Wednesday, March 11, 2015

Does Dalhousie Graduate Professionals or Merely High-Income Earners?

The misogynous Facebook group of Dalhousie University dental students has remained seemingly unresolved as the 2014-15 academic year winds to its conclusion.  At this point the students who were suspended from participating in their clinic practice have been reinstated and the whistleblower who revealed the group remains suspended.  Since the Facebook group was revealed and the students were suspended in December, it has seemed that the students have been treated with their well-being of the primary concern, taking priority over the reputation of the entire class, the university and perhaps the dental profession as well.

As the end of the school year approaches and the students proceed to complete their clinical work and lectures, the impression is left that Dalhousie University administration has been focused on allowing the members of the Class of DDS 2015 Gentleman every opportunity to ensure they retain their right to earn the commensurate income their degree would defer them rather than upholding the standards and the Code of Ethics that professionals ought to live up to.  Perhaps there has been something constructive that came of Dalhousie's application of restorative justice in dealing with these men.  The use of restorative justice may be an appropriate option to a swifter, more retributive response such as that by Oklahoma University President David Boren this week when dealing with the racist leaders of the campus fraternity Sigma Alpha Epsilon.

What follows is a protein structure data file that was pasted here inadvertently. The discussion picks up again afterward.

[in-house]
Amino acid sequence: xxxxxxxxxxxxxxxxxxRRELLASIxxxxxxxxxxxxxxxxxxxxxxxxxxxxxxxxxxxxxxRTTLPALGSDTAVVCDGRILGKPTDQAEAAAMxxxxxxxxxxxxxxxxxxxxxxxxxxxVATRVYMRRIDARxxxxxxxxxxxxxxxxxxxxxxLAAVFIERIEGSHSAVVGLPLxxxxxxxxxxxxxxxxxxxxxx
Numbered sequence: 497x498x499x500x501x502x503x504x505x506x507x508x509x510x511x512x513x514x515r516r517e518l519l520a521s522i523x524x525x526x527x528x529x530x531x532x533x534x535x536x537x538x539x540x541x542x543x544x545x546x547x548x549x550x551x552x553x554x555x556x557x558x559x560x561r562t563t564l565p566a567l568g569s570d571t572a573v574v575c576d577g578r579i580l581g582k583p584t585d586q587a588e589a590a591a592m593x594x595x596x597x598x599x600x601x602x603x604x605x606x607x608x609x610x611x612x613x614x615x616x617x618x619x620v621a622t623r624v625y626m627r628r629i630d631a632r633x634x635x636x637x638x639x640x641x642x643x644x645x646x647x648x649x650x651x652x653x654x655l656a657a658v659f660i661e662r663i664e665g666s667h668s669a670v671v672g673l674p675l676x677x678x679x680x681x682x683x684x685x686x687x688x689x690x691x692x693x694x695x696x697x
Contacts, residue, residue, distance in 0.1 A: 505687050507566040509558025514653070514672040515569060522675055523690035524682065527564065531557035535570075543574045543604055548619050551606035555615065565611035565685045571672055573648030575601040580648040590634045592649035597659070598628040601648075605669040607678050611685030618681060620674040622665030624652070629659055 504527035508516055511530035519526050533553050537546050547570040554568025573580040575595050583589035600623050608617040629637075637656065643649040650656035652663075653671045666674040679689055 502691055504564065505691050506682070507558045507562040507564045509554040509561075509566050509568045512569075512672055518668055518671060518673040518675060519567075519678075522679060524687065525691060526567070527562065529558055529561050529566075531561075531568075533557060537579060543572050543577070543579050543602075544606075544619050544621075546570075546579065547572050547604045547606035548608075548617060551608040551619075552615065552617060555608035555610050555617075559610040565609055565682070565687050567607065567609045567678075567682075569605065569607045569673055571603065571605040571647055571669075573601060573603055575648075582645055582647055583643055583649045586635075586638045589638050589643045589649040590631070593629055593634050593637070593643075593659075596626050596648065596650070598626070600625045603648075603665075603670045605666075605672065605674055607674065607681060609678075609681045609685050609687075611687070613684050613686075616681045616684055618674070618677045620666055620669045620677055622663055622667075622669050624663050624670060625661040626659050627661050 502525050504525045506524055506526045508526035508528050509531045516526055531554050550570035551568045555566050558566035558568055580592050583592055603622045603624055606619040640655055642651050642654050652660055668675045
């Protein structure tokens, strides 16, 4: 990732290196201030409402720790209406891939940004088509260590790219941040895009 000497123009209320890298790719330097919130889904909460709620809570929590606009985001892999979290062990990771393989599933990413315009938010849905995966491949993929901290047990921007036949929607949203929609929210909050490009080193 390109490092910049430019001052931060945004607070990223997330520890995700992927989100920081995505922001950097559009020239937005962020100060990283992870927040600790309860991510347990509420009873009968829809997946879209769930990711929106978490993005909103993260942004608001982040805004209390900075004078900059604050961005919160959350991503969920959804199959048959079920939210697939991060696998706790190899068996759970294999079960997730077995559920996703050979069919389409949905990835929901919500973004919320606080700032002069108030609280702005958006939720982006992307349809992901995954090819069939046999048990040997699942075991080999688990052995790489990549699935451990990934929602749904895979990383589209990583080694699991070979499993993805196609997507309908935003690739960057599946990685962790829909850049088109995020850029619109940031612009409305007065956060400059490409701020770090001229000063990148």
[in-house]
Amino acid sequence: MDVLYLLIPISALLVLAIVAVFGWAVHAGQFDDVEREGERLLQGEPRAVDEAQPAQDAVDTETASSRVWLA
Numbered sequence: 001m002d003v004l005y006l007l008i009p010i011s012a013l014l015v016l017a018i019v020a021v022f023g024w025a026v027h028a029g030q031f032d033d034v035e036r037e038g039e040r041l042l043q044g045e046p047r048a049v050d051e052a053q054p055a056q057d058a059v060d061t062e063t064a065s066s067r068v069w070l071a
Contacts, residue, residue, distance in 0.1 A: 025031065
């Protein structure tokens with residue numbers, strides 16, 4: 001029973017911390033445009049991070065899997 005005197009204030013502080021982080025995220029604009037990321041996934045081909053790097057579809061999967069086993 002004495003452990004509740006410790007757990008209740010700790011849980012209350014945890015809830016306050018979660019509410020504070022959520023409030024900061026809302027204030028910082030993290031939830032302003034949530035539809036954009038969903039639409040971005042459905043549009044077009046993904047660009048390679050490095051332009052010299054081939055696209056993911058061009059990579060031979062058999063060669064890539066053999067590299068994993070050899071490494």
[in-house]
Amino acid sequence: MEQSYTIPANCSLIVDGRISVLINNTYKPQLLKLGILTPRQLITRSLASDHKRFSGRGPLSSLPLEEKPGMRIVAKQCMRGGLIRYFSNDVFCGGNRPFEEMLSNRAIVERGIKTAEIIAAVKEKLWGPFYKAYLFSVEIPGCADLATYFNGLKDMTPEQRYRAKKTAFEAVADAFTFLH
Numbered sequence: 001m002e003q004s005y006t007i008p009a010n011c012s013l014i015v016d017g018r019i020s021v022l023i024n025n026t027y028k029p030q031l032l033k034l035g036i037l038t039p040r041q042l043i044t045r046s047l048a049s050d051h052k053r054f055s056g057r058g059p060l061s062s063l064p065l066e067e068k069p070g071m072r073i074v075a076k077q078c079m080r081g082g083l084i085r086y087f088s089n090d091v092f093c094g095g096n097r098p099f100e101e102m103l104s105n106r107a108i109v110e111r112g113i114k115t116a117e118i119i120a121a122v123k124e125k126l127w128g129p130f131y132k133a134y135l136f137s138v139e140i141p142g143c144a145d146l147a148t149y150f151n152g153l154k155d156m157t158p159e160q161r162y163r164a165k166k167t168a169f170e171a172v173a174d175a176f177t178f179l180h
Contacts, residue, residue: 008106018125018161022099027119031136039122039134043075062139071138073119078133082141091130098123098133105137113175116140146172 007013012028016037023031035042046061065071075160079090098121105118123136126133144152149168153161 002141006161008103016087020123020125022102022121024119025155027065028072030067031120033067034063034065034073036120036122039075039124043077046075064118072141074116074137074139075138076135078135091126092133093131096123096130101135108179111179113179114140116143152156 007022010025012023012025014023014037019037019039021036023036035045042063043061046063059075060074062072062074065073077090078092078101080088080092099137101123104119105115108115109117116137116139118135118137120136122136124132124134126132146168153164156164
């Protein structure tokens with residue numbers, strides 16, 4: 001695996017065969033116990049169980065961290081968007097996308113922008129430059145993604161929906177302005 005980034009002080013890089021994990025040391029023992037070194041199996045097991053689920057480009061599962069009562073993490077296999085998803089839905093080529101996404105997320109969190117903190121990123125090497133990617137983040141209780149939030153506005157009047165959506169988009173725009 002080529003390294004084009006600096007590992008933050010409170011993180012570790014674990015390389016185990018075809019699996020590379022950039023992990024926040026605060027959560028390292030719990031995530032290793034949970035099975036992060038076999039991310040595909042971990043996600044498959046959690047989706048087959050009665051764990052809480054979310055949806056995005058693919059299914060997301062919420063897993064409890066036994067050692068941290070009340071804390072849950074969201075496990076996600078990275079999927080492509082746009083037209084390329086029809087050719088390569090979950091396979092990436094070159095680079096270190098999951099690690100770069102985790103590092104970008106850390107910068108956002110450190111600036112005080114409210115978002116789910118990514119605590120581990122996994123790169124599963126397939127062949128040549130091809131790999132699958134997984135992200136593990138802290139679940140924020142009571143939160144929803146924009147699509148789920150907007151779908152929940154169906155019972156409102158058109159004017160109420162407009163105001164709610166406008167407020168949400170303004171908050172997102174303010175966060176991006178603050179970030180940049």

My feeling though is that the retributive justice option may been employed to circle the wagons and ensure that the Gentlemen have the opportunity to hold onto the income earning potential they hold so dear, attribute their behaviour to a dose of mob mentality and others rather than taking or bearing any true responsibility for their actions.  One may accuse me of wanted a more public response to this out of my own sense of retribution.  However, the whistleblower's disproportionate time in the spotlight during this affair and the conditions with which he is required to comply certain suggest that an old boy's club is calling the shots and protecting the Facebook group and perhaps the university faculty as well rather than the profession that these young men aspire to belong to.  Given the lack of standards that these young men seem capable of rising to, Dalhousie University's actions indicate a lack of understanding that they are responsible for training these students to join a profession rather than merely get a job.

All of the stick-handling that has been done since the Dalhousie University scandal began in December seems to have been aimed at ensuring that as many of the students as possible manage to graduate and perhaps, not coincidentally, narrow the university's mandate to getting its students into the workforce as efficiently as possible.  The options to this are to graduate humane, sensitive, civil professionals who demonstrate compassion for others that goes well beyond complying with the code of conduct or code of ethics of the professional college or association that will confer upon them their right to practice as dentists.  Dalhousie University ought to aspire to do more than merely train its students to -- as Dal alum Hugh MacLennan stated in his 1960 essay, "The Classical Tradition and Education" -- "qualify for the higher income brackets."  In this sense, the leadership at Dalhousie University has best succeeded in avoiding the task of setting a standard that they would want their graduates to maintain when they enter this profession.